Date of Award

January 2019

Document Type

Thesis

Degree Name

Medical Doctor (MD)

Department

Medicine

First Advisor

Jaimie P. Meyer

Abstract

Background: The number of women involved in criminal justice systems (WICJ) and women who use opioids has been dramatically increasing in the United States. An often-overlooked aspect of healthcare for women at risk of HIV infection (either WICJ or women who use drugs) is reproductive health. We aim to provide a framework, informed by a systematic review and primary data, to guide future interventions addressing the sexual and reproductive health (SRH) needs of women at risk of HIV infection.

Methods: We completed a systematic literature review of the pregnancy prevention and planning needs of US WICJ published in English from 2000-2018. We identified 2,674 articles and three independent reviewers determined that 24 articles (14 descriptive studies in adults, 6 descriptive studies in adolescents and 3 interventional studies) met inclusion criteria. In parallel, a reproductive health assessment was administrated to 76 women enrolling in two ongoing HIV prevention studies (either WICJ or women who use drugs on drug treatment (WWUD)) and analyzed in the context of the Behavioral Health Model for vulnerable populations.

Results: The literature review demonstrates contraception underutilization and negative pregnancy attitudes among WICJ (in a wide variety of settings), resulting in frequent negative SRH outcomes (unintentional pregnancies, abortions and miscarriages). Our survey of 59 WICJ and 18 WWUD demonstrates multiple sociocultural, medical and psychiatric comorbidities that predispose women to health care underutilization, producing incongruent SRH behaviors (58.1% do not use contraception, while only 10.5% want more children) and negative SRH outcomes (75% report teenage pregnancy, 45%/ 48% have a history of miscarriage and abortions, respectively, and over two-thirds have a prior unplanned pregnancy). Despite this, 90.5% have received some up-to-date preventative SRH care.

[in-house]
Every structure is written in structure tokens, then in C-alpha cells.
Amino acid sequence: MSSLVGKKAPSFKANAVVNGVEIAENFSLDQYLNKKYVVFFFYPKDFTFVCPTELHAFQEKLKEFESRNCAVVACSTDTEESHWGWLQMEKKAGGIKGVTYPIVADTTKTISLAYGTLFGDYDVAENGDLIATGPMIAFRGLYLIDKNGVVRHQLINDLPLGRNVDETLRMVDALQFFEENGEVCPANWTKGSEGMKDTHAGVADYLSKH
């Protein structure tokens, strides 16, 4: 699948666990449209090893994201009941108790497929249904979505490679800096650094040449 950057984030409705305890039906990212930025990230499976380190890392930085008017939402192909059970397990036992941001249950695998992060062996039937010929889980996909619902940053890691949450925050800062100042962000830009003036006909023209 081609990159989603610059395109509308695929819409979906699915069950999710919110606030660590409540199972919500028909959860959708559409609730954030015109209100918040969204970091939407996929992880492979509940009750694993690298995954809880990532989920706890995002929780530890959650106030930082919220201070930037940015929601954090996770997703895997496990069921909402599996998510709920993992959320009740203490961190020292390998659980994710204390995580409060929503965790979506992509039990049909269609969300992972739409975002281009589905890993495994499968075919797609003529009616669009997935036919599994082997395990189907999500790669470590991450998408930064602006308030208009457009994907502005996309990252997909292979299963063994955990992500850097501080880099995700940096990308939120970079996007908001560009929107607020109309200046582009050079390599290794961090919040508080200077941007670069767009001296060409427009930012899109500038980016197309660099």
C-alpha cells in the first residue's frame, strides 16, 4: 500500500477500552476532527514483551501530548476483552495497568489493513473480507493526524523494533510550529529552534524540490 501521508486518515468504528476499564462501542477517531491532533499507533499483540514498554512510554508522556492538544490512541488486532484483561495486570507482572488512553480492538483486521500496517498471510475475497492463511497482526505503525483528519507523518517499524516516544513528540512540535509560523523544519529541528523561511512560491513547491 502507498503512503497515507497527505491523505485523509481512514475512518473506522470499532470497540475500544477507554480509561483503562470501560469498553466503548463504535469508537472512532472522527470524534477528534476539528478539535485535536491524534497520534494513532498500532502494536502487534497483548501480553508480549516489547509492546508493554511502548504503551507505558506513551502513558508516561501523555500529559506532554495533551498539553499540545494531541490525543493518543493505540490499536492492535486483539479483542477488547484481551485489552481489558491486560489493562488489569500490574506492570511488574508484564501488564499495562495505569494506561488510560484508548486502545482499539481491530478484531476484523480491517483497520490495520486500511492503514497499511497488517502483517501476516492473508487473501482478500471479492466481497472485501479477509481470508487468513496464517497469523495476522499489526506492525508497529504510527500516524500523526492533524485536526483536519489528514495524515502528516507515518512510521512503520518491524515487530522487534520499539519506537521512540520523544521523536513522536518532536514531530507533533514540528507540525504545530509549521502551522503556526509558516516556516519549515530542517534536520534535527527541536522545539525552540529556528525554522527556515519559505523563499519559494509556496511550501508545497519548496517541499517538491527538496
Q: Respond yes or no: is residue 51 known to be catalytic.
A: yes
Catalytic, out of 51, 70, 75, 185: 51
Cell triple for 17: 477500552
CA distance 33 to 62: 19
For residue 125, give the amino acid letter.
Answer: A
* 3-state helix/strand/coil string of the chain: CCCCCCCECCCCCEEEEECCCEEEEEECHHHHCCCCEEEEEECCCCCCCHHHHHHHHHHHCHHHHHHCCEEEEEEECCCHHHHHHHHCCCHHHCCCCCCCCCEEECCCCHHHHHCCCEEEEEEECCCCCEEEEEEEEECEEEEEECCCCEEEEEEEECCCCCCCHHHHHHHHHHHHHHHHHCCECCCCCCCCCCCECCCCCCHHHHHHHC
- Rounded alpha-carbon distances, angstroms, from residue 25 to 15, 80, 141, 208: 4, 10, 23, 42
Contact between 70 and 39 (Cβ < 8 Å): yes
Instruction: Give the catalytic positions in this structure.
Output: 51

Conclusion: Overall, WICJ and WWUD in need of HIV prevention interventions are also at risk of multiple negative SRH outcomes. Connections to the criminal justice system and drug treatment facilities offer opportunities to address the multilevel barriers to care faced by these populations. Women at risk of HIV infection need targeted, gender-responsive, trauma-informed interventions that incorporate HIV and pregnancy prevention while addressing the multiple structural, interpersonal and sociocultural barriers specific to these populations.

Comments

This thesis is restricted to Yale network users only. It will be made publicly available on 06/01/2022

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